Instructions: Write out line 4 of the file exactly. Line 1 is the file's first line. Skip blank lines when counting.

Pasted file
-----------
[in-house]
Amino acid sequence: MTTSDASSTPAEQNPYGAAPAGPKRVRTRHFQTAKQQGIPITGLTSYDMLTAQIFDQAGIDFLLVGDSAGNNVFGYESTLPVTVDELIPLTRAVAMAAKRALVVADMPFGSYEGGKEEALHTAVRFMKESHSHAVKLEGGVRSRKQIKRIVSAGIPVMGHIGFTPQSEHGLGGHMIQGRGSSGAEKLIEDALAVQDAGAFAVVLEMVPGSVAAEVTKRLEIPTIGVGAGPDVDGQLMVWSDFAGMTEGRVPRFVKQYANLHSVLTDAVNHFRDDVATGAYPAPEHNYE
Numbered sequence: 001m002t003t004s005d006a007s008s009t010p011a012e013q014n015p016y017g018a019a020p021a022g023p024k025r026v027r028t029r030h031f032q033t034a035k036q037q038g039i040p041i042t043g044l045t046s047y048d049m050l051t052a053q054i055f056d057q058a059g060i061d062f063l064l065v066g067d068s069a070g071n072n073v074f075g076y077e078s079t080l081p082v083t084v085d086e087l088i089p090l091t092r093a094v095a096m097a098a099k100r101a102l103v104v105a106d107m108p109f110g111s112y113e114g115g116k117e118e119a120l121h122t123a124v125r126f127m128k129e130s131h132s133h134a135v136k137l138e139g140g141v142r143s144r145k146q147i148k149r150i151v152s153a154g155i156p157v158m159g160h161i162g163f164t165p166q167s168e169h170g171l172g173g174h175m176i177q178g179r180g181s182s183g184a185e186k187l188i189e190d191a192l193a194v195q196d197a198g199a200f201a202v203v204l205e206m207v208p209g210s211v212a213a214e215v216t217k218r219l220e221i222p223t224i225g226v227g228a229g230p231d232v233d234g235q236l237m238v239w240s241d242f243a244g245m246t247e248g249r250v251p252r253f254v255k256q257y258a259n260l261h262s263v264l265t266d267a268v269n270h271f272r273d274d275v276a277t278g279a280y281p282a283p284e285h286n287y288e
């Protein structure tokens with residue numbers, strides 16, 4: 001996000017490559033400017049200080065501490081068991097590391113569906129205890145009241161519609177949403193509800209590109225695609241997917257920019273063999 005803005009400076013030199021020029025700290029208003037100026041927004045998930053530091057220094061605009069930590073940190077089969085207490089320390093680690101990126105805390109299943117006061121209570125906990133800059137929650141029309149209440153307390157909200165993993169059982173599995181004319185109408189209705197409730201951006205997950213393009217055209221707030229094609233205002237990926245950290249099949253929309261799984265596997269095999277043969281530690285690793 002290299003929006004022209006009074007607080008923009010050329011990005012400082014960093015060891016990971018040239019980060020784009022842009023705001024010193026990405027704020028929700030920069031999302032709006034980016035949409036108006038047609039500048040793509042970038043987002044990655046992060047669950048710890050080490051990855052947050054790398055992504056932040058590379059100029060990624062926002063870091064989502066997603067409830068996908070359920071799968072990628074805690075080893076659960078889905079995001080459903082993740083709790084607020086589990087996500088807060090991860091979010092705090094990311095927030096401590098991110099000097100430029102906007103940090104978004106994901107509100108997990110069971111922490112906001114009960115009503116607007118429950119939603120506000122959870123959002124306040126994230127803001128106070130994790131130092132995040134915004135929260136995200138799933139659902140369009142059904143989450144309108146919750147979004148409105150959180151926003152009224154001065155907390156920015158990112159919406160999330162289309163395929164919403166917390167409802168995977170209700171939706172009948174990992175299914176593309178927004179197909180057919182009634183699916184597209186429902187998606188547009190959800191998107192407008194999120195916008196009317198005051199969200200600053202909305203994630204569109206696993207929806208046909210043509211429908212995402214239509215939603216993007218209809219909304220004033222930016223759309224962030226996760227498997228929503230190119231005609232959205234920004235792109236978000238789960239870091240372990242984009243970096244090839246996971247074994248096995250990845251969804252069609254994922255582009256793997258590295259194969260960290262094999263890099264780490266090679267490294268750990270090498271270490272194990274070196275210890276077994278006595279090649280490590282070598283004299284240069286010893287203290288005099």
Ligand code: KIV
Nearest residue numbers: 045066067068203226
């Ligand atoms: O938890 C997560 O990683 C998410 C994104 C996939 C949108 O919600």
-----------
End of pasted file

């Protein structure tokens with residue numbers, strides 16, 4: 001996000017490559033400017049200080065501490081068991097590391113569906129205890145009241161519609177949403193509800209590109225695609241997917257920019273063999 005803005009400076013030199021020029025700290029208003037100026041927004045998930053530091057220094061605009069930590073940190077089969085207490089320390093680690101990126105805390109299943117006061121209570125906990133800059137929650141029309149209440153307390157909200165993993169059982173599995181004319185109408189209705197409730201951006205997950213393009217055209221707030229094609233205002237990926245950290249099949253929309261799984265596997269095999277043969281530690285690793 002290299003929006004022209006009074007607080008923009010050329011990005012400082014960093015060891016990971018040239019980060020784009022842009023705001024010193026990405027704020028929700030920069031999302032709006034980016035949409036108006038047609039500048040793509042970038043987002044990655046992060047669950048710890050080490051990855052947050054790398055992504056932040058590379059100029060990624062926002063870091064989502066997603067409830068996908070359920071799968072990628074805690075080893076659960078889905079995001080459903082993740083709790084607020086589990087996500088807060090991860091979010092705090094990311095927030096401590098991110099000097100430029102906007103940090104978004106994901107509100108997990110069971111922490112906001114009960115009503116607007118429950119939603120506000122959870123959002124306040126994230127803001128106070130994790131130092132995040134915004135929260136995200138799933139659902140369009142059904143989450144309108146919750147979004148409105150959180151926003152009224154001065155907390156920015158990112159919406160999330162289309163395929164919403166917390167409802168995977170209700171939706172009948174990992175299914176593309178927004179197909180057919182009634183699916184597209186429902187998606188547009190959800191998107192407008194999120195916008196009317198005051199969200200600053202909305203994630204569109206696993207929806208046909210043509211429908212995402214239509215939603216993007218209809219909304220004033222930016223759309224962030226996760227498997228929503230190119231005609232959205234920004235792109236978000238789960239870091240372990242984009243970096244090839246996971247074994248096995250990845251969804252069609254994922255582009256793997258590295259194969260960290262094999263890099264780490266090679267490294268750990270090498271270490272194990274070196275210890276077994278006595279090649280490590282070598283004299284240069286010893287203290288005099």